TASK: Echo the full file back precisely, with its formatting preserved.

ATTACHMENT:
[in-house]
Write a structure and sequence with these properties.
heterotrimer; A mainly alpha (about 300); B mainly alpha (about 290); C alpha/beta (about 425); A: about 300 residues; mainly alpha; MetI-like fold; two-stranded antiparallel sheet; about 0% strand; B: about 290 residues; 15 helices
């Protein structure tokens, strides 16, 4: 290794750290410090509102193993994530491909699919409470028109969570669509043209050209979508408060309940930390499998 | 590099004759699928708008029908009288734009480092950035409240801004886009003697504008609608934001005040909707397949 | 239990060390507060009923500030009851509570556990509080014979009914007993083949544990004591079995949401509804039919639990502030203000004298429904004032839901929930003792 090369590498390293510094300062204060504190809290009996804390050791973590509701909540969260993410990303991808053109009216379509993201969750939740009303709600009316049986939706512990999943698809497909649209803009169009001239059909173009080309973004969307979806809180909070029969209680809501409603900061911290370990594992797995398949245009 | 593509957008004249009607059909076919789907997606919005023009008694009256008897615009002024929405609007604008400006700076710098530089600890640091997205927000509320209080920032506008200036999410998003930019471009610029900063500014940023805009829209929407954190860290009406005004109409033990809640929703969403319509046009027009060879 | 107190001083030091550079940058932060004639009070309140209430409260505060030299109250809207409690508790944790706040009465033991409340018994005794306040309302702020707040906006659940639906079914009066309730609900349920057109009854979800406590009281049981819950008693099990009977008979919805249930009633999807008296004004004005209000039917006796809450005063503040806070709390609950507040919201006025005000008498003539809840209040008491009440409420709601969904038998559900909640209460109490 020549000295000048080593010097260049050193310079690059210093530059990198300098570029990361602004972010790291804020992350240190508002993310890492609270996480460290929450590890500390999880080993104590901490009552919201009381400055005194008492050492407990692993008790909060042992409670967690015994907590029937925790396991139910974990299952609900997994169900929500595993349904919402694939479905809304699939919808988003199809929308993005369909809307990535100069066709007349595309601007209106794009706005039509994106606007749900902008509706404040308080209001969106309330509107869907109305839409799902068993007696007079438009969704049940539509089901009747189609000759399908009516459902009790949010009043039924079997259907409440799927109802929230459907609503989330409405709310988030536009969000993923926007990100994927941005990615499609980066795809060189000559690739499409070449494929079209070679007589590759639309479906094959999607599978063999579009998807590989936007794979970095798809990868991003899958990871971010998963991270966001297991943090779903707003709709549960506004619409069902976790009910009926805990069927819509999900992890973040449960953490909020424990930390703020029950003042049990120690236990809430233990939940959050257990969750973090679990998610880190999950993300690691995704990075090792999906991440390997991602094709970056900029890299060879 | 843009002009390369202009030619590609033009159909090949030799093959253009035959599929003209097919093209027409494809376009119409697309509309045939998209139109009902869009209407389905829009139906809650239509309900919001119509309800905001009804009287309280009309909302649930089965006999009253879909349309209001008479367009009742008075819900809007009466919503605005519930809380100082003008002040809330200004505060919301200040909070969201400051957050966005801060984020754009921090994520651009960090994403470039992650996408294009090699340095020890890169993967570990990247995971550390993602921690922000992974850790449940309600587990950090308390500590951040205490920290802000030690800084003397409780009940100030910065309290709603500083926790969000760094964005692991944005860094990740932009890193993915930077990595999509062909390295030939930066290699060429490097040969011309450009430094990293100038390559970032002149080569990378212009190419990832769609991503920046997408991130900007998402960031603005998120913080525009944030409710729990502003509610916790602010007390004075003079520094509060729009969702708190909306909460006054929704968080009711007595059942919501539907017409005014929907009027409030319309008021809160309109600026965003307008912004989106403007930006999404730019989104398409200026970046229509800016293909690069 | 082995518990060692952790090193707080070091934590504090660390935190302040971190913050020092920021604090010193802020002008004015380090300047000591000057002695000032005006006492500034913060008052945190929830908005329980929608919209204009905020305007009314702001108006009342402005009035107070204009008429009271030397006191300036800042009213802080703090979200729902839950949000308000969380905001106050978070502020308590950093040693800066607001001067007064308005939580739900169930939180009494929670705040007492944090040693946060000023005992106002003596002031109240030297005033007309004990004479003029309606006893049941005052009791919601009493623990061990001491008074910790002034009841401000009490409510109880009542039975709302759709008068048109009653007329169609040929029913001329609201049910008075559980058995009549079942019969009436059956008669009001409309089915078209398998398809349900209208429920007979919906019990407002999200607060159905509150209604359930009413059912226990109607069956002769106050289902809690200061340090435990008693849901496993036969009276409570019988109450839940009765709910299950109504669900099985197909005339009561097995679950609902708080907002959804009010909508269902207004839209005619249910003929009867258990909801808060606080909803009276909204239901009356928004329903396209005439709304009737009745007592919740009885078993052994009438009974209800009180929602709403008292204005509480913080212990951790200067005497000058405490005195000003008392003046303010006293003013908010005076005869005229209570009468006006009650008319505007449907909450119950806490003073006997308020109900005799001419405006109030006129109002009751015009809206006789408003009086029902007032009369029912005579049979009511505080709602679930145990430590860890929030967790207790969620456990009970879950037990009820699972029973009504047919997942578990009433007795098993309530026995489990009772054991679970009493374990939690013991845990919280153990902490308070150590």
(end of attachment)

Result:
[in-house]
Write a structure and sequence with these properties.
heterotrimer; A mainly alpha (about 300); B mainly alpha (about 290); C alpha/beta (about 425); A: about 300 residues; mainly alpha; MetI-like fold; two-stranded antiparallel sheet; about 0% strand; B: about 290 residues; 15 helices
């Protein structure tokens, strides 16, 4: 290794750290410090509102193993994530491909699919409470028109969570669509043209050209979508408060309940930390499998 | 590099004759699928708008029908009288734009480092950035409240801004886009003697504008609608934001005040909707397949 | 239990060390507060009923500030009851509570556990509080014979009914007993083949544990004591079995949401509804039919639990502030203000004298429904004032839901929930003792 090369590498390293510094300062204060504190809290009996804390050791973590509701909540969260993410990303991808053109009216379509993201969750939740009303709600009316049986939706512990999943698809497909649209803009169009001239059909173009080309973004969307979806809180909070029969209680809501409603900061911290370990594992797995398949245009 | 593509957008004249009607059909076919789907997606919005023009008694009256008897615009002024929405609007604008400006700076710098530089600890640091997205927000509320209080920032506008200036999410998003930019471009610029900063500014940023805009829209929407954190860290009406005004109409033990809640929703969403319509046009027009060879 | 107190001083030091550079940058932060004639009070309140209430409260505060030299109250809207409690508790944790706040009465033991409340018994005794306040309302702020707040906006659940639906079914009066309730609900349920057109009854979800406590009281049981819950008693099990009977008979919805249930009633999807008296004004004005209000039917006796809450005063503040806070709390609950507040919201006025005000008498003539809840209040008491009440409420709601969904038998559900909640209460109490 020549000295000048080593010097260049050193310079690059210093530059990198300098570029990361602004972010790291804020992350240190508002993310890492609270996480460290929450590890500390999880080993104590901490009552919201009381400055005194008492050492407990692993008790909060042992409670967690015994907590029937925790396991139910974990299952609900997994169900929500595993349904919402694939479905809304699939919808988003199809929308993005369909809307990535100069066709007349595309601007209106794009706005039509994106606007749900902008509706404040308080209001969106309330509107869907109305839409799902068993007696007079438009969704049940539509089901009747189609000759399908009516459902009790949010009043039924079997259907409440799927109802929230459907609503989330409405709310988030536009969000993923926007990100994927941005990615499609980066795809060189000559690739499409070449494929079209070679007589590759639309479906094959999607599978063999579009998807590989936007794979970095798809990868991003899958990871971010998963991270966001297991943090779903707003709709549960506004619409069902976790009910009926805990069927819509999900992890973040449960953490909020424990930390703020029950003042049990120690236990809430233990939940959050257990969750973090679990998610880190999950993300690691995704990075090792999906991440390997991602094709970056900029890299060879 | 843009002009390369202009030619590609033009159909090949030799093959253009035959599929003209097919093209027409494809376009119409697309509309045939998209139109009902869009209407389905829009139906809650239509309900919001119509309800905001009804009287309280009309909302649930089965006999009253879909349309209001008479367009009742008075819900809007009466919503605005519930809380100082003008002040809330200004505060919301200040909070969201400051957050966005801060984020754009921090994520651009960090994403470039992650996408294009090699340095020890890169993967570990990247995971550390993602921690922000992974850790449940309600587990950090308390500590951040205490920290802000030690800084003397409780009940100030910065309290709603500083926790969000760094964005692991944005860094990740932009890193993915930077990595999509062909390295030939930066290699060429490097040969011309450009430094990293100038390559970032002149080569990378212009190419990832769609991503920046997408991130900007998402960031603005998120913080525009944030409710729990502003509610916790602010007390004075003079520094509060729009969702708190909306909460006054929704968080009711007595059942919501539907017409005014929907009027409030319309008021809160309109600026965003307008912004989106403007930006999404730019989104398409200026970046229509800016293909690069 | 082995518990060692952790090193707080070091934590504090660390935190302040971190913050020092920021604090010193802020002008004015380090300047000591000057002695000032005006006492500034913060008052945190929830908005329980929608919209204009905020305007009314702001108006009342402005009035107070204009008429009271030397006191300036800042009213802080703090979200729902839950949000308000969380905001106050978070502020308590950093040693800066607001001067007064308005939580739900169930939180009494929670705040007492944090040693946060000023005992106002003596002031109240030297005033007309004990004479003029309606006893049941005052009791919601009493623990061990001491008074910790002034009841401000009490409510109880009542039975709302759709008068048109009653007329169609040929029913001329609201049910008075559980058995009549079942019969009436059956008669009001409309089915078209398998398809349900209208429920007979919906019990407002999200607060159905509150209604359930009413059912226990109607069956002769106050289902809690200061340090435990008693849901496993036969009276409570019988109450839940009765709910299950109504669900099985197909005339009561097995679950609902708080907002959804009010909508269902207004839209005619249910003929009867258990909801808060606080909803009276909204239901009356928004329903396209005439709304009737009745007592919740009885078993052994009438009974209800009180929602709403008292204005509480913080212990951790200067005497000058405490005195000003008392003046303010006293003013908010005076005869005229209570009468006006009650008319505007449907909450119950806490003073006997308020109900005799001419405006109030006129109002009751015009809206006789408003009086029902007032009369029912005579049979009511505080709602679930145990430590860890929030967790207790969620456990009970879950037990009820699972029973009504047919997942578990009433007795098993309530026995489990009772054991679970009493374990939690013991845990919280153990902490308070150590």